On the stand, Bill Dismukes told prosecutors he was drunk when he left those voicemails and didn’t even recall making the calls to prosecutors. He also revealed he didn’t know about the voicemails until maybe last week, when his son questioned him about them, leading the prosecutors to establish Bill Dismukes as an adverse witness with a vested interest in the outcome of the case. 

Bill Dismukes said he was “talking out of my butt” when he made the call.

There has been some question during the case of an exact dollar figure supposedly stolen by Will Dismukes, with the defense challenging the prosecution should be able to provide a figure if they are sure of the theft.

Investigator Magnus laid out many of those numbers Wednesday afternoon on the stand.

According to Magnus’ findings, Weiss Flooring issued 18 checks to Bill Dismukes in 2016. Of those checks, three wound up being associated with Will Dismukes’ bank account. One, for example, was a $600 check. Will Dismukes deposited $300 and cashed $300 out. On another of the checks, the entire amount was deposited in Will Dismukes’ account.

In 2017, Weiss issued 51 checks to Bill Dismukes. Only one of those checks was deposited by Bill Dismukes and his wife. The other 50 checks were all either deposited or cashed, or both, by Will Dismukes, records show.

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The total amount of those checks in 2017 are equal to about $162,000, which combined with he single check deposited in Bill’s account match up to the 1099 records.

Records show Will Dismukes cashed out about $115,000 of the checks and about $44,000 remained deposited in his account.

On the VA Hospital job, Bill Dismukes started out being paid not by square foot, by by pound of material used, $2 per pound. This was the same for other subcontractors on the project. But on the third pay application, the price per pound was crossed out, and Bill Dismukes began to be paid instead yb square foot. On this particular application, which noted the amount of material supposedly used by Bill Dismukes, the change resulted in about a $680 increase in the check amount.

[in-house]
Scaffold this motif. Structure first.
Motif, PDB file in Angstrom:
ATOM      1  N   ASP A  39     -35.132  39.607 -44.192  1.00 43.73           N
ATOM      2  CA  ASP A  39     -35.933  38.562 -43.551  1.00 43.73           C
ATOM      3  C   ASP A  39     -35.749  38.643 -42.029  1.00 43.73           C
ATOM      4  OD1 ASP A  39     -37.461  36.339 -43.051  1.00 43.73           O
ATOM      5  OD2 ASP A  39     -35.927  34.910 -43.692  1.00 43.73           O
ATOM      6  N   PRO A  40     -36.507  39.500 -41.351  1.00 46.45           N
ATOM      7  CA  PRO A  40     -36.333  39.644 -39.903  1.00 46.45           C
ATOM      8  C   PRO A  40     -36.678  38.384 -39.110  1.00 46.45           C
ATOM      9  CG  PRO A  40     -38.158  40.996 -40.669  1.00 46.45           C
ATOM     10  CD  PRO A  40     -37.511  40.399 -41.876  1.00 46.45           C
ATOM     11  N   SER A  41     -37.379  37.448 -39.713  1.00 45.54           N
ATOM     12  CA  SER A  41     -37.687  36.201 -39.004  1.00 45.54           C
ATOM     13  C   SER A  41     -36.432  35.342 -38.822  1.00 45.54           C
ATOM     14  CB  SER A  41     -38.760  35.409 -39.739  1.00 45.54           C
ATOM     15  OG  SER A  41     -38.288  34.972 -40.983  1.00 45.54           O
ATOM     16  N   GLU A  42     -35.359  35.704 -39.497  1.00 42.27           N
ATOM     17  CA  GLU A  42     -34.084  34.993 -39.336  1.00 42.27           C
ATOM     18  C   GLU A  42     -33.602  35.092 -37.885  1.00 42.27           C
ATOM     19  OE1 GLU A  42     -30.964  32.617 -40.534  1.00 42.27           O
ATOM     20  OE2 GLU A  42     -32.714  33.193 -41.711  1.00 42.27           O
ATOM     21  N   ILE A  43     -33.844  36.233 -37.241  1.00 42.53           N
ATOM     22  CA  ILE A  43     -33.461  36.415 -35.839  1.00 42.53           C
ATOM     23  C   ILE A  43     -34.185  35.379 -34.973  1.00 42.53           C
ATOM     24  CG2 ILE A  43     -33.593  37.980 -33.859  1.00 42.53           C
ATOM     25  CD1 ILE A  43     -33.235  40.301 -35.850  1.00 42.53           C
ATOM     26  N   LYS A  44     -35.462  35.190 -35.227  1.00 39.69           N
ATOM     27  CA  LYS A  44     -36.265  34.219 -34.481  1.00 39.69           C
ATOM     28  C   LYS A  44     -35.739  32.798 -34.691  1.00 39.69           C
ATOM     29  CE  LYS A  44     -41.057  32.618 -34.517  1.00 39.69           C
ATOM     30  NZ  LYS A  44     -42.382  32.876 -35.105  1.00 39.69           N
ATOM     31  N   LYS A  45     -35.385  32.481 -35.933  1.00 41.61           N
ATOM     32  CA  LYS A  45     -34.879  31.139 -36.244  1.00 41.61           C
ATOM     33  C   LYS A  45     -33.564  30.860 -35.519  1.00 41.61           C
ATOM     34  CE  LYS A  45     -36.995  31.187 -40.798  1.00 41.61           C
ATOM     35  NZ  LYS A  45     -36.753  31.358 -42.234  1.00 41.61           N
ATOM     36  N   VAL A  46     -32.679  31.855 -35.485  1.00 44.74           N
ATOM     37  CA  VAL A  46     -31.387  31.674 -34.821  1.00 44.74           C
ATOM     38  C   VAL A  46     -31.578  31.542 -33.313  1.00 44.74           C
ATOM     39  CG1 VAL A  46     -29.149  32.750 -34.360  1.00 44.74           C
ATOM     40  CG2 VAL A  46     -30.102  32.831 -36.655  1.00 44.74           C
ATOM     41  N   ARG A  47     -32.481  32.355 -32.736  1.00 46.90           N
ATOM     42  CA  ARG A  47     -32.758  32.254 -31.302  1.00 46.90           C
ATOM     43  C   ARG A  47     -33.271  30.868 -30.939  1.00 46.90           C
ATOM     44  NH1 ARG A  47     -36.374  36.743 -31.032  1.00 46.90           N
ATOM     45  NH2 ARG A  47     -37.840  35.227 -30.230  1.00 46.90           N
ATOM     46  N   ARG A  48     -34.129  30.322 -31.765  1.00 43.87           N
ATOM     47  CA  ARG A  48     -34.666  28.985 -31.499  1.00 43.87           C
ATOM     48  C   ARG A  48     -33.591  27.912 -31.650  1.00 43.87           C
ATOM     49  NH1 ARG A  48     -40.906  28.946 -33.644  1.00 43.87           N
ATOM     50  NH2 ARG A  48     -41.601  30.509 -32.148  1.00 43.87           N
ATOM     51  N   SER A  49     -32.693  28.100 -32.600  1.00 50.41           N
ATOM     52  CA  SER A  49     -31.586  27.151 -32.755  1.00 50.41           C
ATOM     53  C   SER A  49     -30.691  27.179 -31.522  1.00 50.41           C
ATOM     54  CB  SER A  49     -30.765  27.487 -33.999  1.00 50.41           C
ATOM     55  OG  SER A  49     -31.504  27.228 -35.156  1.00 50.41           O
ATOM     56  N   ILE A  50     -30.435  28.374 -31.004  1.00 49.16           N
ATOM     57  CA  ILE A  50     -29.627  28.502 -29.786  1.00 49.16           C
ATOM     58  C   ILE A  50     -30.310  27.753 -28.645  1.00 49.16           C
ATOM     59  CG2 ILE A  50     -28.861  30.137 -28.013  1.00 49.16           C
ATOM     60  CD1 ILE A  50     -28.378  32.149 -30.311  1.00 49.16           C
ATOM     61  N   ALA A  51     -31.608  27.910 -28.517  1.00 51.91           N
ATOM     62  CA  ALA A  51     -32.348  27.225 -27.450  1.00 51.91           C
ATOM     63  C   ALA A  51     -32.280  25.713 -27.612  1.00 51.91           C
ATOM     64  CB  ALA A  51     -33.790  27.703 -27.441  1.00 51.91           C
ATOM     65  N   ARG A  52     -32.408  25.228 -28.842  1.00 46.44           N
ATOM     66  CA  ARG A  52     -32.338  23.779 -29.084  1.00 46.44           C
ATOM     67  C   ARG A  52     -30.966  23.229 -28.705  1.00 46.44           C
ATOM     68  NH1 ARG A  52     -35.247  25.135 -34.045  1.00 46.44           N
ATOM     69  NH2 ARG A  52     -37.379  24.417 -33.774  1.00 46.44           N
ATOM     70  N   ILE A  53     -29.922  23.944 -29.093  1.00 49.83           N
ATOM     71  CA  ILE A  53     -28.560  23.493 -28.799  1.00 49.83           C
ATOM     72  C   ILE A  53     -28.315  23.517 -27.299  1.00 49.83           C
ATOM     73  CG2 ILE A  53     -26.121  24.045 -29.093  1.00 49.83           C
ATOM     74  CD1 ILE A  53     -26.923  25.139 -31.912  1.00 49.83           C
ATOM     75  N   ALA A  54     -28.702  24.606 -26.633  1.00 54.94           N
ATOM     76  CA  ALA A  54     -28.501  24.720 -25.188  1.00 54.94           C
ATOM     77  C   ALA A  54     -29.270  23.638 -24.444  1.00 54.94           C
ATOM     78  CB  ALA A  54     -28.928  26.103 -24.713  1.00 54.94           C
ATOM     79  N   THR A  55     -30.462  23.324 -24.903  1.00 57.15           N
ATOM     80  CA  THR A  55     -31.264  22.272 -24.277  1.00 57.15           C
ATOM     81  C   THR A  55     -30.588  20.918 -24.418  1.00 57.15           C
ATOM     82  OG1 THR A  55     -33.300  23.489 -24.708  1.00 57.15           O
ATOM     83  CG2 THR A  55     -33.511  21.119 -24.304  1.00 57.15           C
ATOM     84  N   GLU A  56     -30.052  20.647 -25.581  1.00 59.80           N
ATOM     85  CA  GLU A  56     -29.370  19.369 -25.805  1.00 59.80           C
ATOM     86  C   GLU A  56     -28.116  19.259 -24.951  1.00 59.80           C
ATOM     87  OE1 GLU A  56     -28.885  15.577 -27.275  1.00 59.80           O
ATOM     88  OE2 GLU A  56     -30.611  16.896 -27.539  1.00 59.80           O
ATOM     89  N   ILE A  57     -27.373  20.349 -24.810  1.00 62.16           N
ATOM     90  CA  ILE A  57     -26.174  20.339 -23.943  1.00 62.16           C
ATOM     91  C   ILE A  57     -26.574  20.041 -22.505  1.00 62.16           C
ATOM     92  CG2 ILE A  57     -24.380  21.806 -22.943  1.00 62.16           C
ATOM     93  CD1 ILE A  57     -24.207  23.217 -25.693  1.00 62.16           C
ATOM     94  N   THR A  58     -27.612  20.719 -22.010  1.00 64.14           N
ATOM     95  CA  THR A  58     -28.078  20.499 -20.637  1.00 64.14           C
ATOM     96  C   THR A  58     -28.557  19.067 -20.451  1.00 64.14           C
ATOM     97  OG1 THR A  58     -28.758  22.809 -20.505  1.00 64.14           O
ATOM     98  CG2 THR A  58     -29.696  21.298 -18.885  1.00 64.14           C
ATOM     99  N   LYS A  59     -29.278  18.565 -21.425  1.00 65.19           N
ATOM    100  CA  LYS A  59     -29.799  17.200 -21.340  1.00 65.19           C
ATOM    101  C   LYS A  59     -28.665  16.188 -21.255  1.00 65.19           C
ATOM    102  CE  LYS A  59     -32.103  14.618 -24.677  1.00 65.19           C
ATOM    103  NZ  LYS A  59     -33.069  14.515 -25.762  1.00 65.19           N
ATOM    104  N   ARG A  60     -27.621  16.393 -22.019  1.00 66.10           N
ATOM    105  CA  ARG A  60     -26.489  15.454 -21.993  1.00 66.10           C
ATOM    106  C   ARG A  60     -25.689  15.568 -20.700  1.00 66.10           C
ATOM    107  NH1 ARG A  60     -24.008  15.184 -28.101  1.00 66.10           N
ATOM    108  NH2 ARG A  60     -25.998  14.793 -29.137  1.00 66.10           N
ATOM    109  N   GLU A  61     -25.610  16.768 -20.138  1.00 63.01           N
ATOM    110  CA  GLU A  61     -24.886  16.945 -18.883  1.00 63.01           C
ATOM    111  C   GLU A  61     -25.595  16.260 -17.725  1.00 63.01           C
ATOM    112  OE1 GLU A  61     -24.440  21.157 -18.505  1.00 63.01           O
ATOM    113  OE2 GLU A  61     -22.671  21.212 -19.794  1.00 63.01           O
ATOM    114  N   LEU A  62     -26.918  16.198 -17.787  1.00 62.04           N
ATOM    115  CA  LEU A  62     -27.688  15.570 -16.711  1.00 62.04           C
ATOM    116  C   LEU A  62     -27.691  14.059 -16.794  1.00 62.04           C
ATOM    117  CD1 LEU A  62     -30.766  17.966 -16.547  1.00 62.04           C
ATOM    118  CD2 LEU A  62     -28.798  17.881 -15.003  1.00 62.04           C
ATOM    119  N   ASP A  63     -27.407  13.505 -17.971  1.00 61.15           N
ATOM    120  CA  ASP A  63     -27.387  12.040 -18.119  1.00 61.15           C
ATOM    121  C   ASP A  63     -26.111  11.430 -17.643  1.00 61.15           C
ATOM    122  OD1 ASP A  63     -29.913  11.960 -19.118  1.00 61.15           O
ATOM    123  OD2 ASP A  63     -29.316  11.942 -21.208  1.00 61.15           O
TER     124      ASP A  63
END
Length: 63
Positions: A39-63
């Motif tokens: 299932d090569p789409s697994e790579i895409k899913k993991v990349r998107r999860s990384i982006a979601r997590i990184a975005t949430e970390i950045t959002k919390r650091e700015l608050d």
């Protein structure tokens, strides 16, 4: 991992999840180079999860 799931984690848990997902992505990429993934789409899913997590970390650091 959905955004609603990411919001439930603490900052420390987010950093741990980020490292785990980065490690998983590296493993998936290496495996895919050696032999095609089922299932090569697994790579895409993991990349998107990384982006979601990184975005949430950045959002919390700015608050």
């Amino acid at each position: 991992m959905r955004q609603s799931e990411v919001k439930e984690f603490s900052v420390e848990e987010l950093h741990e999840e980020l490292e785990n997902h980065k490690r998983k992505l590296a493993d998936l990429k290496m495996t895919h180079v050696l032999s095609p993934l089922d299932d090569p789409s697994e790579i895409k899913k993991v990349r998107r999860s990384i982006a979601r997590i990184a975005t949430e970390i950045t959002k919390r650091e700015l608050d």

And by Will Dismukes’ own estimations marked on a change order after evaluating the state of the VA Hospital subfloor, he estimated it would cost $12,000 in floor prep to do the job.

By the time his father switched over to being paid by square foot, only $7,300 remained in materials to be used for the job.

But Bill Dismukes’ pay applications reflected $36,000 of work done.

Magnus also testified that the total square footage of the project at the VA hospital was roughly 16,000 square feet. But the pay applications created by Will Dismukes on his father’s behalf claim he did prep work on 113,000 square feet. That’s more than seven times the total square footage of the project, meaning Bill Dismukes would have had to “skim” the entire floor seven times to reach that number while at least two other crews were also doing the same work on the project.

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Magnus said he and other investigators interviewed Will Dismukes during the investigation. Will admitted to signing a document with Adam Whitley for the repayment of $32,000, but Magnus said Will claimed to have not read the paragraph saying it was dishonestly taken fro the company. Will’s side of the story was that he felt he had mismanaged some projects and wanted to pay money back for that reason.

He also claimed in that interview that he would cash checks for his father because Bill would “be drunk by lunch.” However, Bill testified on the stand that his drinking problem began in earnest after he quit doing flooring and said he would never drink on the job because “you’d cut off your finger.”

The state rested its case on Wednesday and the defense announced its intention to bring just one witness to the stand on Thursday: Will Dismukes himself. The prosecution will have an opportunity to cross examine Will Dismukes and, as he is the defendant, will immediately be able to treat him as an adverse witness, which means they can ask him leading questions as well as having other legal maneuvers at their discretion.

The case is expected to be turned over to jury deliberations this evening depending on how long Will Dismukes remains on the stand and closing arguments for both sides.

Jacob Holmes is a reporter at the Alabama Political Reporter. You can reach him at [email protected]